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Black Lung Disease

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  • Black Lung Disease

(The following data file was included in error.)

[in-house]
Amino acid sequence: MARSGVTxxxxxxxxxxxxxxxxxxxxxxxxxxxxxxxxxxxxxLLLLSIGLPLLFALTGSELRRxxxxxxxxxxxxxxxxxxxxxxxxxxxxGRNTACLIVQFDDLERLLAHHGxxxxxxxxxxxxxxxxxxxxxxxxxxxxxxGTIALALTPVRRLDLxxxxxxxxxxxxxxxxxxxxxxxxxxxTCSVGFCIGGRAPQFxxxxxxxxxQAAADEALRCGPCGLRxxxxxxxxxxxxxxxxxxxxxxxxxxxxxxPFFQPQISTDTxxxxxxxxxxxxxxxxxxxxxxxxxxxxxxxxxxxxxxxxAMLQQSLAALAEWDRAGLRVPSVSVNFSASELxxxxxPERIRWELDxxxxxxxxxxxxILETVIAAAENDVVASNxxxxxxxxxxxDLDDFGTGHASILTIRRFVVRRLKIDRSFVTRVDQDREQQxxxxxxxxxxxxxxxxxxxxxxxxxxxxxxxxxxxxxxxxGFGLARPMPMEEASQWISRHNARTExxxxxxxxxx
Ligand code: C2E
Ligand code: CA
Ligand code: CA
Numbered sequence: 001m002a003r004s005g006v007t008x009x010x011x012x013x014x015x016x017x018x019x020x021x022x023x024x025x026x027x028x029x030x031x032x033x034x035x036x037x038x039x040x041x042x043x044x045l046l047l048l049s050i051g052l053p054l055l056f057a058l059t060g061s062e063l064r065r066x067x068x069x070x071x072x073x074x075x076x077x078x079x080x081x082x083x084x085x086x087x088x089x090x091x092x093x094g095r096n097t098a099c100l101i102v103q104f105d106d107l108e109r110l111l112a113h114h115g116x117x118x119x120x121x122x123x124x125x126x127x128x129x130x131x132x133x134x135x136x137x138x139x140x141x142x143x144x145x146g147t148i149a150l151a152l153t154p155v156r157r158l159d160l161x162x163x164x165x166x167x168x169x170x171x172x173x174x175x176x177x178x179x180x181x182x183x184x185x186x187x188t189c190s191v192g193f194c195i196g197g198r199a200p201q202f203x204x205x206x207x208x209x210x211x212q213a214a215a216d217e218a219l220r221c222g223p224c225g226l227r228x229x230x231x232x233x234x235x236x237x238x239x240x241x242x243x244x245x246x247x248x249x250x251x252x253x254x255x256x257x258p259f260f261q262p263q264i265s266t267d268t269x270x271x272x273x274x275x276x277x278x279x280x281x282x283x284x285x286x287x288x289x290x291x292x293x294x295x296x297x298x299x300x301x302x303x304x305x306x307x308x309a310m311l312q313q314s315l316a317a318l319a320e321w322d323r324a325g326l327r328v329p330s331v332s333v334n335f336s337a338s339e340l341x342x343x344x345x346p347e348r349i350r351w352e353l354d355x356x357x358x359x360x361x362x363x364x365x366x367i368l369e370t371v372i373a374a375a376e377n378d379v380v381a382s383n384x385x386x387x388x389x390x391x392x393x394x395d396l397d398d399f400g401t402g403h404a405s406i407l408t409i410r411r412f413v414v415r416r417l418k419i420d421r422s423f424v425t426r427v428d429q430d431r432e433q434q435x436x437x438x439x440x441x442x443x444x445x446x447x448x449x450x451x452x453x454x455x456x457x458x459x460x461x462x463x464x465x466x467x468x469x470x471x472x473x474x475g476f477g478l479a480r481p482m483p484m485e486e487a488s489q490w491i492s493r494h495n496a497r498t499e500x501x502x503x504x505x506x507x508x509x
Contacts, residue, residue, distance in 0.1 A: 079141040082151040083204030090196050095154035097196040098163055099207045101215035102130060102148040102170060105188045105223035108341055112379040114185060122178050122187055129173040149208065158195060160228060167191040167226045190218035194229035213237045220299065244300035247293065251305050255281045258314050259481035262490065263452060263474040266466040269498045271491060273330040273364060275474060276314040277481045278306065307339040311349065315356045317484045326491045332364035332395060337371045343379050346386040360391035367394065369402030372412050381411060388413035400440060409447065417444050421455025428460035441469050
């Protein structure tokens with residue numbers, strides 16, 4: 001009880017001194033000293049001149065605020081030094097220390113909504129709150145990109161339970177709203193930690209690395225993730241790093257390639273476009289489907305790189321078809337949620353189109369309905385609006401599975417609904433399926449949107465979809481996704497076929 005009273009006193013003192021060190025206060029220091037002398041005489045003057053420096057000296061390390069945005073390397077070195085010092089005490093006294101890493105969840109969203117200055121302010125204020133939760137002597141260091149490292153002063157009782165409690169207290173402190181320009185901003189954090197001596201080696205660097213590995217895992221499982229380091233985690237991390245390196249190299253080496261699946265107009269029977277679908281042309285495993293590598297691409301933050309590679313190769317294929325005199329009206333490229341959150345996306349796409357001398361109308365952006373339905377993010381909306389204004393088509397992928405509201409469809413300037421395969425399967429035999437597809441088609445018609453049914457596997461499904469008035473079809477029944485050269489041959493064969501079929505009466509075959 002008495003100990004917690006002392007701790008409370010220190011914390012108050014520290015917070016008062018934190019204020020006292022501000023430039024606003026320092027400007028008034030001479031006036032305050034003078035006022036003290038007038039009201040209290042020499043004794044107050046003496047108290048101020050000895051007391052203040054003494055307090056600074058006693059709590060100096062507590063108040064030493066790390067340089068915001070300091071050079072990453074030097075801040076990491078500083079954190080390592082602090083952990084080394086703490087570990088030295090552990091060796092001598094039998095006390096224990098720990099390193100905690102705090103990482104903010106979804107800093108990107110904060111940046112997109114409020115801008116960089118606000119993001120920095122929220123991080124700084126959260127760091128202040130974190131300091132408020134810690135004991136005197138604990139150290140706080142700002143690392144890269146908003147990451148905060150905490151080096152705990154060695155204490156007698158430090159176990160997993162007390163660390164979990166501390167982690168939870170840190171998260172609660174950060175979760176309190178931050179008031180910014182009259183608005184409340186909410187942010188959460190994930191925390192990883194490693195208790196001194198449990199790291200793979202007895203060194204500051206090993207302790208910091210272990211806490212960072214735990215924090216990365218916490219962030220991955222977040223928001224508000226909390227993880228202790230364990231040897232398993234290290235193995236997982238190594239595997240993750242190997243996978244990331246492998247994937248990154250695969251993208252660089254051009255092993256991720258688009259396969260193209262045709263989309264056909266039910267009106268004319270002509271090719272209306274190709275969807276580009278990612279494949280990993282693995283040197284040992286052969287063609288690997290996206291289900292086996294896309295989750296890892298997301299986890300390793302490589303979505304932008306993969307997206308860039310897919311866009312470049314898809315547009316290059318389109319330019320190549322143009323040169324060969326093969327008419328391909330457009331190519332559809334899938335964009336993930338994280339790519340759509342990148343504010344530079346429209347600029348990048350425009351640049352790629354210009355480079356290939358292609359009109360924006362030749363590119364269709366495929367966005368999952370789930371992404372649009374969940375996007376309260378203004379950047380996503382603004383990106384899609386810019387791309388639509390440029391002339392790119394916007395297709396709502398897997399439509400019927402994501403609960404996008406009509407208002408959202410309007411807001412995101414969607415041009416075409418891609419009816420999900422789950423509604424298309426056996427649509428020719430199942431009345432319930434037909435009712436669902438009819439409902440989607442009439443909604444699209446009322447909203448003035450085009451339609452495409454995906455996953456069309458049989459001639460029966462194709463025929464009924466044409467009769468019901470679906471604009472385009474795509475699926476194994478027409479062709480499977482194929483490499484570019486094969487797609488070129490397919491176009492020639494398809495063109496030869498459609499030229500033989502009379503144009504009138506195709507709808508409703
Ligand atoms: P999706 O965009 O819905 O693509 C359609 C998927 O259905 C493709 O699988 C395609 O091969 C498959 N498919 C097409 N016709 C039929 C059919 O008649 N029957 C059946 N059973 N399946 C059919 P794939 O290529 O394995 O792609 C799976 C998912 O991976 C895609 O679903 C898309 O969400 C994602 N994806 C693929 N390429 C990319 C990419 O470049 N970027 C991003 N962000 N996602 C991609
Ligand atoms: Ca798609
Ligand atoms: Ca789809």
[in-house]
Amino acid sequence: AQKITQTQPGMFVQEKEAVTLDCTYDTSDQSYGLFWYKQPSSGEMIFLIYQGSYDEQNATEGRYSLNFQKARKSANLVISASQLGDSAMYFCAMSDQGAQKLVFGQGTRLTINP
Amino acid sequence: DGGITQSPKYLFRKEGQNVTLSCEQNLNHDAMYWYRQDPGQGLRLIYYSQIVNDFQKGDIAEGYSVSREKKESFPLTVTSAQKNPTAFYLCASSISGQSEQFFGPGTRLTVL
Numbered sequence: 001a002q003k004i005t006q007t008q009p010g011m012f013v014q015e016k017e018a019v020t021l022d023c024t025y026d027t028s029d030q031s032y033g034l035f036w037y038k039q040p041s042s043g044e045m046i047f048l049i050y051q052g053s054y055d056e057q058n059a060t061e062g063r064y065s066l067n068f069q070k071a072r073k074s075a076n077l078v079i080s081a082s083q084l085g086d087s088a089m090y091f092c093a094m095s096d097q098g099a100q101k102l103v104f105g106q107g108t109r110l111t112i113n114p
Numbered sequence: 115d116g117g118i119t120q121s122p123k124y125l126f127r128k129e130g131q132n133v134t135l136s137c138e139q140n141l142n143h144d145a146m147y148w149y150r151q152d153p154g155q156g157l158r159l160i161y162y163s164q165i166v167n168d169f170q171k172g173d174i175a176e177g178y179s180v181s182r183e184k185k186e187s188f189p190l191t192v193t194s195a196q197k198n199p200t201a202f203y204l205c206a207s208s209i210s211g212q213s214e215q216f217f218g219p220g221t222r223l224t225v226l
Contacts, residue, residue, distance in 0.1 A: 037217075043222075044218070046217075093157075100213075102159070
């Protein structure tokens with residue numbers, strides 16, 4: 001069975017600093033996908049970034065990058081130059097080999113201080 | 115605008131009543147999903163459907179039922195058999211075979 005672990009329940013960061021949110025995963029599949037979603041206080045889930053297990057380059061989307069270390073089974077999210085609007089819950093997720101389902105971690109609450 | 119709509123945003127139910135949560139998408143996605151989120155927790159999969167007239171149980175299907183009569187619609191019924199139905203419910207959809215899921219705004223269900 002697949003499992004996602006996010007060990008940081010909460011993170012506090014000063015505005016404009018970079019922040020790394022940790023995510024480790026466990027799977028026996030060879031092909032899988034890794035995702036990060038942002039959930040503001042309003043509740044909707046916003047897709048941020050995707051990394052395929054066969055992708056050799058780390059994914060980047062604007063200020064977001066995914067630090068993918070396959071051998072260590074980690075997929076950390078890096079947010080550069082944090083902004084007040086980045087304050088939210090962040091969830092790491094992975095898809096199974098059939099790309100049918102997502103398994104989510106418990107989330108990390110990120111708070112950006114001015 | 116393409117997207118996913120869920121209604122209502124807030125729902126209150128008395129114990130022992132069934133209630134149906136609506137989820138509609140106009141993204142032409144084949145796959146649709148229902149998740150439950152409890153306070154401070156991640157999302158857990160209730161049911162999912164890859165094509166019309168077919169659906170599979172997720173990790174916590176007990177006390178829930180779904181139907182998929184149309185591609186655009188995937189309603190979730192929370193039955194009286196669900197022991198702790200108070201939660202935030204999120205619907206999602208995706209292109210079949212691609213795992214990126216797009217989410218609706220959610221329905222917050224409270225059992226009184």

Black lung disease also known as Coal workers' pneumoconiosis, is a legal term describing a preventable, occupational lung disease that is contracted by prolonged breathing of coal mine dust. There are two forms: simple CWP and complicated CWP, which also involves progressive massive fibrosis (PMF). Coal dust provides a sufficient stimulus for the macrophage to release various products, including enzymes, cytokines, oxygen radicals, and fibroblast growth factors, which are important in the inflammation and fibrosis of CWP. The centres of dense lesions may become necrotic due to ischemia, leading to large cavities within the lung. There is no proven effective treatment for Black lung disease, although complications can be treated. Avoiding further exposure to the dust is the only one of treatment. Black lung disease can be prevented by controlling dust and having good ventilation in the workplace. According to reports, China’s diagnoses of black lung, or pneumoconiosis, rose sevenfold from 2005 to 2013, to a total of about 750,000 and an annual average increase of 35 percent. However this number is probably an enormous understatement. Wang Keqin, founder of the organization Love Save Pneumoconiosis, told the WSJ that the true number of black lung cases could be close to six million as up to 90 percent of China’s coal miners don’t have labor contracts that would qualify them for official health survey. Work to investigate the relationship between respirable dust exposure and coal worker's pneumoconiosis was carried out in Britain by the Institute of Occupational Medicine. This research was known as the Pneumoconiosis Field Research (PFR).

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